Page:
I recently returned from an exciting solo scouting mission to a remote Indian Ocean atoll known as the Cocos Keeling Islands (CKI). During the two week odyssey, I traveled a distance that would more than circle the global. In case you were wondering, covering so much ground was definitely worth the effort!

Cocos is a truly magical place with a thriving marine environment and striking tropical beauty. As territory of Australia, I cannot imagine a better place to get away from it all while still maintaining access to the creature comforts of the modern world. Of the 27 islands that make up the atoll, only 2 are inhabited. A friendly population of 400 CKI residents share coconut palmed paths leading to deserted white sand beaches and crystal clear waters filled with tropical marine life. Sand flats, coral reefs and surf breaks drop off into the deep blue ocean creating a perfect environment for saltwater fishing nirvana!

A unique history has kept Cocos Keeling off the radar of most travelers. There are no fishing lodges or outfitters. Only in the last couple years have a handful of Home Island locals started guiding fly and spin anglers. In addition to the local guides, the atoll offers superb do-it-yourself options. Numerous DIY fishing grounds are within reach on West Island which houses several small tourist accommodations. Motorized outrigger canoes are used for exploration of the waters surrounding undeveloped South Island. High-speed ferry allows access to the more distant Direction Island which is home to a stretch of sand voted the best beach in all of Australia.

The fishing is challenging but spectacular! Both fly and spin fishing opportunities abound in the water of Cocos Keeling Islands. Drag burning GT’s, bluefin trevally, titan triggerfish, bumphead parrotfish, Indo-Pacific permit, monster bonefish and countless other exotic species roam the shallow waters. Pelagic species such as dogtooth tuna are within reach of the guides’ skiffs. Calm weather allows for battles with behemoths from the deep while popping and jigging the bluewater. You can experience the atoll from my perspective in this video – Indian Ocean Odyssey.

I am looking for a small crew of 5 seasoned anglers to join me on a followup expedition to Cocos Keeling Islands on February 4-19, 2020. Compared to the well-known Indian Ocean atolls of the Seychelles, this trip will cost significantly less. I recommend that all anglers be physically fit since the fishing is primarily wading over often difficult terrain. The area is conducive for both fly and spin fishing with each discipline having it’s advantages depending on quarry and conditions. On our way to CKI, we will spend one night layover in Perth, Australia followed by 11 nights on Cocos Keeling’s West Island. Our return home will be a long haul with no overnight in Perth.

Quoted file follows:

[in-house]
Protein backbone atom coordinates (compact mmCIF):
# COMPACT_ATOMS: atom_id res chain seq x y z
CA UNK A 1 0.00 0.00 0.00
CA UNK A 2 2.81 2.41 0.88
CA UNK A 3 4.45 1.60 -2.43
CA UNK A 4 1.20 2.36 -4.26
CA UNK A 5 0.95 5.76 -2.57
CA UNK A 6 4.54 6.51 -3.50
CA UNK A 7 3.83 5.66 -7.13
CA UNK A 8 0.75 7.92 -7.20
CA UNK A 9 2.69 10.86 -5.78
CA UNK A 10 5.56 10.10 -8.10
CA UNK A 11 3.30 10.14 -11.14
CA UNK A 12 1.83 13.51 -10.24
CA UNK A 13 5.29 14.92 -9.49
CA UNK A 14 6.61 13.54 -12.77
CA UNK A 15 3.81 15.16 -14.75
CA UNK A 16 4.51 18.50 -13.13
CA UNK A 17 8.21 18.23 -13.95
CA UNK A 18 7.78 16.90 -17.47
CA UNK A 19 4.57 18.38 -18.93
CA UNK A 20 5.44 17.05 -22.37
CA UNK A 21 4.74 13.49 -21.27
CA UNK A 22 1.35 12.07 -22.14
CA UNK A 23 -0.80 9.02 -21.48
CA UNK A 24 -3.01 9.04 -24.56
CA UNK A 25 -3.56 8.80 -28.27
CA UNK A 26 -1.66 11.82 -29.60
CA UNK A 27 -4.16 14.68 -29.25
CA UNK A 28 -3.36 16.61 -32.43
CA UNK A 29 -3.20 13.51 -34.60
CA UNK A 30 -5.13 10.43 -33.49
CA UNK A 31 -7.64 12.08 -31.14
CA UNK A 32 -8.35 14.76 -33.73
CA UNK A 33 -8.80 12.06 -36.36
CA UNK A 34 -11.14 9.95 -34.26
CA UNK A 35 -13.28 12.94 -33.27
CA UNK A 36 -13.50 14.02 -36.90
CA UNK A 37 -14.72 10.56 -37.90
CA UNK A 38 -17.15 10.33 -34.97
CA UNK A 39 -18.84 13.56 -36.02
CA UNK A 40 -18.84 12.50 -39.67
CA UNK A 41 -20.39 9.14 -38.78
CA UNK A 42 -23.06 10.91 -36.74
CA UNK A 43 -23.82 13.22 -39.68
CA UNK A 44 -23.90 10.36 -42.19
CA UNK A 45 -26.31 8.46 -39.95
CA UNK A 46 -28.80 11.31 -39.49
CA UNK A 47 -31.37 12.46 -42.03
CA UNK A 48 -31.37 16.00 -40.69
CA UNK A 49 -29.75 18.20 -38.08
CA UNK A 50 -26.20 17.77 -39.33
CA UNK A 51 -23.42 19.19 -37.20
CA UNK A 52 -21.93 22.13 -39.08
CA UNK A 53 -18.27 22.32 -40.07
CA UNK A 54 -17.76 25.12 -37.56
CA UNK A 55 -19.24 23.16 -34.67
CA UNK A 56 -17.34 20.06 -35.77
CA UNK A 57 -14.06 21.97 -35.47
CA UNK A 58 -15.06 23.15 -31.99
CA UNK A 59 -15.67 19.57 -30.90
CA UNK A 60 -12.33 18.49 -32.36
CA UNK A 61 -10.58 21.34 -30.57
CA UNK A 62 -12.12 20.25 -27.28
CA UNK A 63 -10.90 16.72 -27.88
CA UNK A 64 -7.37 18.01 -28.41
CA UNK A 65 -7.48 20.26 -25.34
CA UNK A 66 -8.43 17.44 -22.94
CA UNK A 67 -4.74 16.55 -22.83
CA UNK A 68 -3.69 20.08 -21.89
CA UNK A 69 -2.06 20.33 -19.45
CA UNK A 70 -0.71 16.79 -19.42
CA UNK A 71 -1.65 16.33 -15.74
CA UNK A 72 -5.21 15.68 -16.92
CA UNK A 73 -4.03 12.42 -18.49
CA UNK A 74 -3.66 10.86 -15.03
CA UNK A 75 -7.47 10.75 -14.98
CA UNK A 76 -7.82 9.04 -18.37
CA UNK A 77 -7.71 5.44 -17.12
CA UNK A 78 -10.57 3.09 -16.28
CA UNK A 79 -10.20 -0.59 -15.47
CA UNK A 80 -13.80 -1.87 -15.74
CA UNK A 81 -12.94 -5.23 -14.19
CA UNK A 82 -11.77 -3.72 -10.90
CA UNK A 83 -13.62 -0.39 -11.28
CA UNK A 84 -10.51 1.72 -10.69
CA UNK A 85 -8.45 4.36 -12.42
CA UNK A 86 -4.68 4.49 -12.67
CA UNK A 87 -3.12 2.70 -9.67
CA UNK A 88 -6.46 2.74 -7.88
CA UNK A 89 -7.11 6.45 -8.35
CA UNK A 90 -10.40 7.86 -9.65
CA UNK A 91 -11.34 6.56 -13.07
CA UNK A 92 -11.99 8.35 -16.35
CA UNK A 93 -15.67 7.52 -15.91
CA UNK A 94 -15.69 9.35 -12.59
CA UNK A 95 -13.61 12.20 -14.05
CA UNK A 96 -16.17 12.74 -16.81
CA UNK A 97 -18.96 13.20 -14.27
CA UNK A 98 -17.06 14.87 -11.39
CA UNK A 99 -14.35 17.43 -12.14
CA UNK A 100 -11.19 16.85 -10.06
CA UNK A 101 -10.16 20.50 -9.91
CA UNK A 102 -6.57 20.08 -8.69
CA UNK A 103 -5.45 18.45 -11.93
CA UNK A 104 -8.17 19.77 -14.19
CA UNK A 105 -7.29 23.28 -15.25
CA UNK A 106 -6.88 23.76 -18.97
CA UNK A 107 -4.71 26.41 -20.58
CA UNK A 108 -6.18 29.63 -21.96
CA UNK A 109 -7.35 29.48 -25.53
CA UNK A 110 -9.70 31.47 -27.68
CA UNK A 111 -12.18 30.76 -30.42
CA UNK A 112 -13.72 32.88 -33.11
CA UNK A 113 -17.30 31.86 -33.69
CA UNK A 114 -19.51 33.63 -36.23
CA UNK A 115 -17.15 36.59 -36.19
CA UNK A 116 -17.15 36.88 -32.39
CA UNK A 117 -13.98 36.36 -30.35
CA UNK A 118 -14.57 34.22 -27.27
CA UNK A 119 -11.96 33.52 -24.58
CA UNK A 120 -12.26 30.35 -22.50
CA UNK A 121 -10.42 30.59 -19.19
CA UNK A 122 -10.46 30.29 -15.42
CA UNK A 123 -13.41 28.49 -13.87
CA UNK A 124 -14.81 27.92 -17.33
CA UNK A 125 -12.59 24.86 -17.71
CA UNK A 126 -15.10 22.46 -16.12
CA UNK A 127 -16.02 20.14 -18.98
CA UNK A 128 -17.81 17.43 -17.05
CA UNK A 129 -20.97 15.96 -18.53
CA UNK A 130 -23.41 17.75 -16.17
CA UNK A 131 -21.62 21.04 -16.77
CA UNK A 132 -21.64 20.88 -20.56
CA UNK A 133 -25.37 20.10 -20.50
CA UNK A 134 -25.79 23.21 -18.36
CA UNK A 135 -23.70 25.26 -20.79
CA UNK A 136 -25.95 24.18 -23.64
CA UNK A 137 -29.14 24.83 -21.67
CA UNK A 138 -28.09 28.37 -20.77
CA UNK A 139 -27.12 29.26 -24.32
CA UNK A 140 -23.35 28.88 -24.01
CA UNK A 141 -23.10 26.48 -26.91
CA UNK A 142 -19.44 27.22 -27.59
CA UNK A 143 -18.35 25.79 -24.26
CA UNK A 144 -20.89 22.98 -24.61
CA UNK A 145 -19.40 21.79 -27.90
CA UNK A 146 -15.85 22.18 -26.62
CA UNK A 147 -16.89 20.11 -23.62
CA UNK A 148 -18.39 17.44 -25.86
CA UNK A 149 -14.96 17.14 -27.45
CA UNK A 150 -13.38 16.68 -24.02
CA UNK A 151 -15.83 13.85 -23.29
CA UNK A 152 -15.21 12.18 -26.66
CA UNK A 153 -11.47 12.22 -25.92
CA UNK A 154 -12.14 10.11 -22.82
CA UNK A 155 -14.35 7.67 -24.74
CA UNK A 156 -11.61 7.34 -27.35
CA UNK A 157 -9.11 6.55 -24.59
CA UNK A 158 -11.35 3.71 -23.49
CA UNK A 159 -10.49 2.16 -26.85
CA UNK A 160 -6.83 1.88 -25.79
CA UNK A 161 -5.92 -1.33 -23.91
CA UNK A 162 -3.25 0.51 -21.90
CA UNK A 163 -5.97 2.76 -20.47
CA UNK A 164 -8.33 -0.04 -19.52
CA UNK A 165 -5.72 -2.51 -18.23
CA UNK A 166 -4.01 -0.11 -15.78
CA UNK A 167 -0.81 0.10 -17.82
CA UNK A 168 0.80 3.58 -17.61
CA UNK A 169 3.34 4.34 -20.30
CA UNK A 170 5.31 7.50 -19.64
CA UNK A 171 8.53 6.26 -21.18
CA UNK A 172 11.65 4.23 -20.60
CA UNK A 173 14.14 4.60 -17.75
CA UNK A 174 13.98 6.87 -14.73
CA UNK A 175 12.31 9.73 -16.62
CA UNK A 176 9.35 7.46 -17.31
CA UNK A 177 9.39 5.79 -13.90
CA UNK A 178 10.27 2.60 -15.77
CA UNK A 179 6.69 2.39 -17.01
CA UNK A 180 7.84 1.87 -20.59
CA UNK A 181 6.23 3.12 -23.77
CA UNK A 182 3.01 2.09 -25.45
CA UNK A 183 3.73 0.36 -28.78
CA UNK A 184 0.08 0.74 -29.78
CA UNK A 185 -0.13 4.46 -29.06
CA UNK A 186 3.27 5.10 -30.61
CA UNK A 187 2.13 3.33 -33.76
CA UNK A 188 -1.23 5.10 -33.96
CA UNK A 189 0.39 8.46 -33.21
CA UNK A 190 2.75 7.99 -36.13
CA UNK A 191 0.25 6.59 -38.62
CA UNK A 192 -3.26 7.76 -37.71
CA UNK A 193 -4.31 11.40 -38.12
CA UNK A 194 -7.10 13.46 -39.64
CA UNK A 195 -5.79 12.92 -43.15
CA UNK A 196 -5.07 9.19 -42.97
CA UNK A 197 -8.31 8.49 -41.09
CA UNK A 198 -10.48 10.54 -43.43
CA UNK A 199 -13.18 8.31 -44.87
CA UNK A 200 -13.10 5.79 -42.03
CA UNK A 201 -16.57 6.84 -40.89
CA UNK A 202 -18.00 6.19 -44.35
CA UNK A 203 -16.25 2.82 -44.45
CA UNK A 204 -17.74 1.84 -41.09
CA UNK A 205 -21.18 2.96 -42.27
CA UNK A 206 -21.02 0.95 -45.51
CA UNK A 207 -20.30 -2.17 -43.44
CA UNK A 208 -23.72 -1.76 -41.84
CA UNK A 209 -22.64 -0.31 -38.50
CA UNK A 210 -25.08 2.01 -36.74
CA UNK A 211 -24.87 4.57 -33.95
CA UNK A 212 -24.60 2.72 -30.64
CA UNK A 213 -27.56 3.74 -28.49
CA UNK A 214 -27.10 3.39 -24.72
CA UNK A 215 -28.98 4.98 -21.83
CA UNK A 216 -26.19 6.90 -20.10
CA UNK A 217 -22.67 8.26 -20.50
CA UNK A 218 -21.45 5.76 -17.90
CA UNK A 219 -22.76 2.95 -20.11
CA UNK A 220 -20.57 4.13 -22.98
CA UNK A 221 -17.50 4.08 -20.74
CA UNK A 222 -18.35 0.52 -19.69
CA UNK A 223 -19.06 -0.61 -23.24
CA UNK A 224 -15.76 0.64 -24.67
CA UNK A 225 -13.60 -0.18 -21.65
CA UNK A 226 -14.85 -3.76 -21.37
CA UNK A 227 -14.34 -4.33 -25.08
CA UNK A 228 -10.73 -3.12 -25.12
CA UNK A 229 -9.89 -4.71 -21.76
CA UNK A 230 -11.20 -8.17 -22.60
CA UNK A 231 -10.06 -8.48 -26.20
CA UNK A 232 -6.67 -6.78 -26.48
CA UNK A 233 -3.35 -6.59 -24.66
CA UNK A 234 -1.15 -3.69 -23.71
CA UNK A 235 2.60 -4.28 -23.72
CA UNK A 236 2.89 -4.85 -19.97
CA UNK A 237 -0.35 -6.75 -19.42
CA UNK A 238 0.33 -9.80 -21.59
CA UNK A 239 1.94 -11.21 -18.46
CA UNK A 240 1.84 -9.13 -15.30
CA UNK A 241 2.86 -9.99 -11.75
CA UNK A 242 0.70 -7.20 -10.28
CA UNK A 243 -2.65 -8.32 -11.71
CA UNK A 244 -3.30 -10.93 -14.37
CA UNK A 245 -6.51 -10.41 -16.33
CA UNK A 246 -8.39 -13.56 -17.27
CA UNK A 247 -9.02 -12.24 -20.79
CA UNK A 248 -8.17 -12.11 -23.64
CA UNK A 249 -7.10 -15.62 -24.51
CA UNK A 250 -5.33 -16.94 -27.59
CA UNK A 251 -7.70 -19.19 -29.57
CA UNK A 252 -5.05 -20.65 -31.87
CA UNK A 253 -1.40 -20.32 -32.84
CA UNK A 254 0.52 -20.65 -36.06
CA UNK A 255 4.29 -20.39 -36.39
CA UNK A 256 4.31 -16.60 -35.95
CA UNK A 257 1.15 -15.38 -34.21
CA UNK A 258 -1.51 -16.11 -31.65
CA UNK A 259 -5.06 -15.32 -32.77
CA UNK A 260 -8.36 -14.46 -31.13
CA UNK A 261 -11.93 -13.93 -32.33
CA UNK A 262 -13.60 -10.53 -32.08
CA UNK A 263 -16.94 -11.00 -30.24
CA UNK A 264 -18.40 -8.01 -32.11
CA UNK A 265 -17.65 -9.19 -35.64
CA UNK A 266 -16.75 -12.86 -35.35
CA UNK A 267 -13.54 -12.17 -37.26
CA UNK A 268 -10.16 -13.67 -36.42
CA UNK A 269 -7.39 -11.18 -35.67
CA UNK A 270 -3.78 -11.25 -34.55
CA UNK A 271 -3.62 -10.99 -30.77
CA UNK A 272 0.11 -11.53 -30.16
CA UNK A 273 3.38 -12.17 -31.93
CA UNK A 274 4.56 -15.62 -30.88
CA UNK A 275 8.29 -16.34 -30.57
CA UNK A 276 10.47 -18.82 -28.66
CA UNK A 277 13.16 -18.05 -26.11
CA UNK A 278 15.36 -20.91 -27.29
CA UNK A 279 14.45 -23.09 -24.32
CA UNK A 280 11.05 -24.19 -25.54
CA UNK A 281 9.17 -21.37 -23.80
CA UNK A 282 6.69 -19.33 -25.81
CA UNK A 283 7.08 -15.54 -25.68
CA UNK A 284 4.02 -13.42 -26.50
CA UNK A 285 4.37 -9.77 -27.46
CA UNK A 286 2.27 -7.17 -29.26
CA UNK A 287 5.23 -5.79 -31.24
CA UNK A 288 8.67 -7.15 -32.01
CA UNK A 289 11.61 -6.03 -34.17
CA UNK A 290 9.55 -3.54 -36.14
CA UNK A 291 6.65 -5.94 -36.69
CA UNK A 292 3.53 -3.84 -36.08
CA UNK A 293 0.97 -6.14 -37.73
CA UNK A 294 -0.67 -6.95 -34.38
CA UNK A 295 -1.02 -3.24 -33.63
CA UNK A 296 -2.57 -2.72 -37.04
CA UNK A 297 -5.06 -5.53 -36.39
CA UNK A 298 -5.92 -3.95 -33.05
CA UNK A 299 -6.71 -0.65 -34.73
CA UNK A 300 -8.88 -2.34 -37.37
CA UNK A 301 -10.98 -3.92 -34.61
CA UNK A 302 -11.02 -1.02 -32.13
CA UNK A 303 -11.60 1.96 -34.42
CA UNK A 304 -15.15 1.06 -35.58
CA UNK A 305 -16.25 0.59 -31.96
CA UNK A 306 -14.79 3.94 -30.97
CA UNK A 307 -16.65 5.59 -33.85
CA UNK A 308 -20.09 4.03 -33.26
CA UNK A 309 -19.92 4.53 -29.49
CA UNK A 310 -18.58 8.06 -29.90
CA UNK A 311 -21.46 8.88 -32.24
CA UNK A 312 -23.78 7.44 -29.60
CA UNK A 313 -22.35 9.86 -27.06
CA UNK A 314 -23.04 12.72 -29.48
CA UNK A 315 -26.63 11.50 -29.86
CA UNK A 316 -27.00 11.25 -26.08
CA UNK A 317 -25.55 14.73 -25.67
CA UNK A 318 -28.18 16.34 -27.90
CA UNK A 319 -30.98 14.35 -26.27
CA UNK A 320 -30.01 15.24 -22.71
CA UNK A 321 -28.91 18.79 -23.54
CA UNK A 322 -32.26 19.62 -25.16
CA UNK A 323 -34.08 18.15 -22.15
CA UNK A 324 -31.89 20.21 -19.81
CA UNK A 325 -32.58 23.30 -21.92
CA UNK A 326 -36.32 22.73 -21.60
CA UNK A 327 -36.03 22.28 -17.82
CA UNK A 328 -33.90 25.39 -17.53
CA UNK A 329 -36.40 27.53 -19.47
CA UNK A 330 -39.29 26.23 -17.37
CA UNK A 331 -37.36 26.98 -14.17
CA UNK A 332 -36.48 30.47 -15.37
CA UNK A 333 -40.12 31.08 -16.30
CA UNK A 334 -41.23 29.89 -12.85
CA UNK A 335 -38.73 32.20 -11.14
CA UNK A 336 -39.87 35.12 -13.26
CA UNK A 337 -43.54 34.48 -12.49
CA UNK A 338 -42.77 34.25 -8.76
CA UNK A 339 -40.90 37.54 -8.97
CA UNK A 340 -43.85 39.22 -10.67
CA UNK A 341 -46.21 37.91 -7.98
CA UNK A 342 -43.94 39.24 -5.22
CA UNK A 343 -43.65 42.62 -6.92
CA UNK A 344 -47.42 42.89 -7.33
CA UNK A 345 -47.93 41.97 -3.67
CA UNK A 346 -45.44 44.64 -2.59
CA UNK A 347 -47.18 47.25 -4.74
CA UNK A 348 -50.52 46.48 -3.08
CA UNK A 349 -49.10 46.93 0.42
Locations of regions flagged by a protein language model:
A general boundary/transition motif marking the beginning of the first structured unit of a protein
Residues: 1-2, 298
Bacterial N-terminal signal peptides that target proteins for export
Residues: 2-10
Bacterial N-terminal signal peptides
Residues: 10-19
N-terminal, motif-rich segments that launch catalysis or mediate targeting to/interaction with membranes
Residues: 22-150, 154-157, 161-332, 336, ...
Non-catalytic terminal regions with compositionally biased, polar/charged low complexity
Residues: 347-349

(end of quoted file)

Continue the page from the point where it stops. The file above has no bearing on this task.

During my exploratory visit, I learned a ton of travel insight regarding Cocos and it’s fishery that will aid in making future trips a success. I have developed an itinerary for the February trip that will let you experience all Cocos has to offer with fishing time split between local guides and DIY with my guidance. Cost for lodging, guides and transportation (excluding airfare) is $4,500 per person. Round-trip airfare from Dulles runs approximately $2,200 per person. Additional details are available to serious inquiries only. Feel free to visit the Cocos Keeling Islands tourism website and contact me if you’d like to join the February 4-19, 2020 group. The Cocos Keeling Islands fishery is quickly gaining notoriety so this hidden gem will not remain untouched much longer!

Chesapeake Bay Fishing Forecast: Spring 2019

Another season of fly and light tackle fishing on Virginia’s saltwater is about to begin. Nineteen years in the fishing charter business have flown by with countless fishing memories. I’m ready to create another chapter in my Chesapeake Bay guiding saga this season.

Mid-April through May is trophy time for large striped bass and red drum. When conditions are right, we sight cast to schools of monster reds and striper in shallow water using my tower boat. Cobia become the main trophy fish target starting in June and lasting until the end of September. Sight casting to cruising cobia in the open bay waters will test your angling skill and mental strength. My trophy charters are not for the faint of heart; experienced anglers, however, can be rewarded with the fish of a lifetime!

The shallows of the Middle Peninsula and Northern Neck come alive with bait and gamefish by June. We will target schoolie rockfish, speckled trout and redfish around shallow structure until early November. This is my bread-n-butter fishery with very consistent catches in just about any weather condition. With a mild winter, I’m expecting speck and puppy drum numbers to rebound after a dismal season for them last year.

Please remember that I stay extremely busy during the fishing season, so contact me as soon as possible to reserve a fun day on the bay!

Fish for the Future: American Saltwater Guides Association

I am pleased to announce that I will be serving as Virginia’s representative on the board of directors for the American Saltwater Guides Association (ASGA). I have worked behind the scenes for many years on issues regarding fisheries management and habitat restoration, however I never felt there was an organization that aligned with my views… until now. The ASGA will serve as the voice for anglers who value the opportunities that sportfishing provides, while acknowledging the fact that our fisheries are finite. Striped bass need our help as the science has finally caught up to my on-water observations – the stock is overfished and overfishing is occurring.  We cannot just take from the resource without giving something back, so please visit the ASGA website to learn more.

Cayo Cruz, Cuba – The Caribbean’s Last Fly Fishing Frontier: Hosted Trips Jan 19-26 & Feb 16-23, 2019

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Cuba has been a destination of intrigue for me since I was young.  The closure to American travel has kept the Caribbean’s largest and most pristine flats systems located on this island nation virtually unfished.  In the past, US citizens had to enter the country “illegally” through Mexico or Canada.  Many of the travel restrictions are now removed and there are several flights a day from the US to Cuba making it very quick and easy to enter the country.